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Why IT leaders need to be ‘social CIOs’

Kenny MacIver — May 2014
Social media platforms offer IT leaders the opportunity to guide highly valuable engagement — across the business and with customers, says UBS CIO Oliver Bussmann.

The social media world of Twitter, Instagram and Facebook is a long way away from the day-to-day routine of many CIOs. But according to Oliver Bussmann, group CIO of international bank UBS, any IT leader who is not constantly engaged with such technologies is missing out on a huge opportunity — a multi-layered opportunity that involves their own IT group, the rest of the business, its engagement with customers and partners, and the CIO’s own professional development.

“Every CIO needs to be a social CIO,” Bussmann argues in an exclusive video interview with I-CIO. Around 20% to 30% of the role involves communication and that can best be achieved today by providing a social media platform, he says.

That was an important starting point for Bussmann a year ago when he joined UBS, the Zurich-based international bank, from business applications software provider SAP. “Providing that collaboration platform to engage with our employees was critical,” he says.

“Over the first six months of leveraging the social media platform, we saw a massive increase – around about 25% –  in communication and interaction within the IT organization, as the numbers of users and the numbers of blogs went up, as well as people reaching out to the management team.”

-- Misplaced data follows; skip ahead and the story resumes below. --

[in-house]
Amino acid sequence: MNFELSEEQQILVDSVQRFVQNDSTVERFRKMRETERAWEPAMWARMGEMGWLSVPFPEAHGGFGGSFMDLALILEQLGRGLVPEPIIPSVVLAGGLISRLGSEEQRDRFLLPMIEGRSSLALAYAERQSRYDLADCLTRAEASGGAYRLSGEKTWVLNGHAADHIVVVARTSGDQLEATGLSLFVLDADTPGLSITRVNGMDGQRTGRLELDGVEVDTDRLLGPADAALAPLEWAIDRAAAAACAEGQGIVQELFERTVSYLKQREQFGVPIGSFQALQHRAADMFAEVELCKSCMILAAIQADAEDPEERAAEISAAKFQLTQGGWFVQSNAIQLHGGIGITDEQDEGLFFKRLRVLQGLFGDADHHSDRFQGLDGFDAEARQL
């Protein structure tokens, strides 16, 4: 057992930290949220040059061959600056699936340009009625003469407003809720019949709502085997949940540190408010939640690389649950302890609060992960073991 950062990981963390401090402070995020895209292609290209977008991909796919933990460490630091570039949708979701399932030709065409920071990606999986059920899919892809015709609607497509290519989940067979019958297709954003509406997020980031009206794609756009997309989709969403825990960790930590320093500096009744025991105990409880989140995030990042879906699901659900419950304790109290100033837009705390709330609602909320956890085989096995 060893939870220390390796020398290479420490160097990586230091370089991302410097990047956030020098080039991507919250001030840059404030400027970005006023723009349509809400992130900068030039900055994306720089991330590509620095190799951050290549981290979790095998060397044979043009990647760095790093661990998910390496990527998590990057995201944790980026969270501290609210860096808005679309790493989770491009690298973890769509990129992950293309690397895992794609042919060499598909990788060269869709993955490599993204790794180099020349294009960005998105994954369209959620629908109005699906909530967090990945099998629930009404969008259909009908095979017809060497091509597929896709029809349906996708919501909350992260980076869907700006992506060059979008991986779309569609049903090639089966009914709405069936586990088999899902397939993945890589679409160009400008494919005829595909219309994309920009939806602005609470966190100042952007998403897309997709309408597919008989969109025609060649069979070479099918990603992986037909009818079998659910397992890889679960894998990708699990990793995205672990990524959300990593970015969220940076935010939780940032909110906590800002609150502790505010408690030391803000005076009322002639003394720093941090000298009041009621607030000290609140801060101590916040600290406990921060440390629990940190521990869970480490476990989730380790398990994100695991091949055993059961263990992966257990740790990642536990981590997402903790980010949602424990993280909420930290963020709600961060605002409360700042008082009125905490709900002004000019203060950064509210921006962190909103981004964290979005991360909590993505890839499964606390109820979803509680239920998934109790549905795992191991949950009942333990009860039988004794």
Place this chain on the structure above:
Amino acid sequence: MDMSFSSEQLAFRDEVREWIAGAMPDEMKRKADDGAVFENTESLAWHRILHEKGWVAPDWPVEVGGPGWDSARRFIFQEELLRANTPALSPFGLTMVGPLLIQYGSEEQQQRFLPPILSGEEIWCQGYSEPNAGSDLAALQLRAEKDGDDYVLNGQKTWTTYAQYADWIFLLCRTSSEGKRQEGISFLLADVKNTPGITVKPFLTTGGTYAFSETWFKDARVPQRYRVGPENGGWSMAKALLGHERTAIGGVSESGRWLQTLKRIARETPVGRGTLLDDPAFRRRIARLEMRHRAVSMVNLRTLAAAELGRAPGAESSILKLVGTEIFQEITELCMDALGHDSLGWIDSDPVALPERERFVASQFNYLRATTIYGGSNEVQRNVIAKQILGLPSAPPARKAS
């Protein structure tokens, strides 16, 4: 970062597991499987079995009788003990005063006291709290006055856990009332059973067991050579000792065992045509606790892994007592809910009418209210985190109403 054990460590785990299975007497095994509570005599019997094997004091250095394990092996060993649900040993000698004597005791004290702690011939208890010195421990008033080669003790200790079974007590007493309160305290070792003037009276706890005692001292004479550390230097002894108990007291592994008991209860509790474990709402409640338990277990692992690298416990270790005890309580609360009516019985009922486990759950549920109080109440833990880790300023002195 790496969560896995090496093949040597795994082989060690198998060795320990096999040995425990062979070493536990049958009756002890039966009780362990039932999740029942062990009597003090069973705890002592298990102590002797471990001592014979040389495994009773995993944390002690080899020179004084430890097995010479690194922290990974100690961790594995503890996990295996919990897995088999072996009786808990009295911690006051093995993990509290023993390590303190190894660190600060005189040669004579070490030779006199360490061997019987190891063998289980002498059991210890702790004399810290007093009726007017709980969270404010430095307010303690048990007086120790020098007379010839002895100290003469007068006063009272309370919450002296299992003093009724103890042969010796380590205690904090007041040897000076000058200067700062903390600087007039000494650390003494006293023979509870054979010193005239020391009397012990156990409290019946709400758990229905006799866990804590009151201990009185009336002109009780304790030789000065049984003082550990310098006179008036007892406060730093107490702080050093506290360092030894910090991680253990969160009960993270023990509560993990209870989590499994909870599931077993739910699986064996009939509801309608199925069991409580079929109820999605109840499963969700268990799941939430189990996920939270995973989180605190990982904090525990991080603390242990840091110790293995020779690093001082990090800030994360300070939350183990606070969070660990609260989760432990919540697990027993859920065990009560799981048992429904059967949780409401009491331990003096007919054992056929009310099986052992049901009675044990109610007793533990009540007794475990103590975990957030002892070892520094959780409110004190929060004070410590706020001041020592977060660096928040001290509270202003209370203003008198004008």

Following that example, various parts of the UBS business are now setting up their own collaboration spaces and leveraging social media platforms to cascade information and engage with employees in a more fluid way, he says. “That’s a big change,” he emphasizes.
New external engagement

Improving internal collaboration is only one part. The CIO also plays a critical role in also enabling external social engagement — especially among potential customers looking for guidance through chat sites and reviews. “[In] the banking industry, around 50% of customers are looking into social channels for product information,” says Bussmann. So CIOs, together with their CMOs and the heads of business units, need to embrace and understand how customers prefer to communicate and engage, he argues.

“Compared to previous years, [companies need] a totally different game plan: you have a different reach to those potential customers through social media channels, and there is a level of sophistication [of approach] –  understanding customer preferences and transforming that customer experience into business value – that requires strong technology support.”

The potential should not be underestimated, says Bussmann. “The way you engage with potential customers and your community – building up a social brand as a trusted adviser – has real reach, he argues. “If you build content over blogs, LinkedIn and Twitter, you build up a community that is willing to listen, to share and engage. And that drives brand awareness and brand impact and has an impact on the business from a reach, revenue, opportunity and rating [perspective].

For IT leaders, there is little choice but to lead by example, he concludes. “The CIO has to be a role model in exploring, using social media. If you utilize this yourself, you understand the value, the importance, the benefits of using it – and the more you can convince your management team in the business to utilize and leverage it [too].”
First published
May 2014
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About: Oliver Bussmann
Oliver Bussmann is a transformation CIO and pioneer of business-building social media strategies. Head of IT worldwide at UBS since 2013, he earlier created a revenue-generating IT organization at SAP, earning him awards as European CIO of the Year and Most Social CIO.

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